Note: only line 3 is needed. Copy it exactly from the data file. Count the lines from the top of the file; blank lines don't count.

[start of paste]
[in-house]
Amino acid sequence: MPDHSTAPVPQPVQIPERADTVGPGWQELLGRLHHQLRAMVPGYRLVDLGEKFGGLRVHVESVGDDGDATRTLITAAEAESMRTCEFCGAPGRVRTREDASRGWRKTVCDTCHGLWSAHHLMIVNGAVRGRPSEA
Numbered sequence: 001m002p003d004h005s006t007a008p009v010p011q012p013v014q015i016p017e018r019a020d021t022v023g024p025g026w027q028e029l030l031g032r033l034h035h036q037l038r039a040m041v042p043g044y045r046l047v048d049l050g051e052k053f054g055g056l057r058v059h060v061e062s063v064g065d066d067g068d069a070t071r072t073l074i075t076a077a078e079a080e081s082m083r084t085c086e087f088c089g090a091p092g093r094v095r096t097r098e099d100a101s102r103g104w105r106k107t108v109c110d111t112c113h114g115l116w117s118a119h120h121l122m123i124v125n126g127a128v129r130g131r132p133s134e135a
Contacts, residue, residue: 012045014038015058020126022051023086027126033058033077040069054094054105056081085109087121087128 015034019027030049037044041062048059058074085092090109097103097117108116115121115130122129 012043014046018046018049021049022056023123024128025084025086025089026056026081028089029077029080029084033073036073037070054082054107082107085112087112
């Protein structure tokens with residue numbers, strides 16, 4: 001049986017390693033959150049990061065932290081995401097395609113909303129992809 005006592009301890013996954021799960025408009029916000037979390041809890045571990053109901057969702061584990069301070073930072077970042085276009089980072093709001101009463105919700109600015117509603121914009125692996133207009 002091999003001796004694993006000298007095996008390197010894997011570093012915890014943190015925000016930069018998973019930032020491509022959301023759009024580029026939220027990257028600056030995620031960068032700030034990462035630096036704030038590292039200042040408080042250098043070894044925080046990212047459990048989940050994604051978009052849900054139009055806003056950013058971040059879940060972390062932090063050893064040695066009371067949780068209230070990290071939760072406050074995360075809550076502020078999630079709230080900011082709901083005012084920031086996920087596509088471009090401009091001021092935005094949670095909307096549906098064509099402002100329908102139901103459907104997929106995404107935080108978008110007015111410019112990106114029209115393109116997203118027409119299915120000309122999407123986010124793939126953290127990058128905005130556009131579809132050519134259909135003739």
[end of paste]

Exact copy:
Numbered sequence: 001m002p003d004h005s006t007a008p009v010p011q012p013v014q015i016p017e018r019a020d021t022v023g024p025g026w027q028e029l030l031g032r033l034h035h036q037l038r039a040m041v042p043g044y045r046l047v048d049l050g051e052k053f054g055g056l057r058v059h060v061e062s063v064g065d066d067g068d069a070t071r072t073l074i075t076a077a078e079a080e081s082m083r084t085c086e087f088c089g090a091p092g093r094v095r096t097r098e099d100a101s102r103g104w105r106k107t108v109c110d111t112c113h114g115l116w117s118a119h120h121l122m123i124v125n126g127a128v129r130g131r132p133s134e135a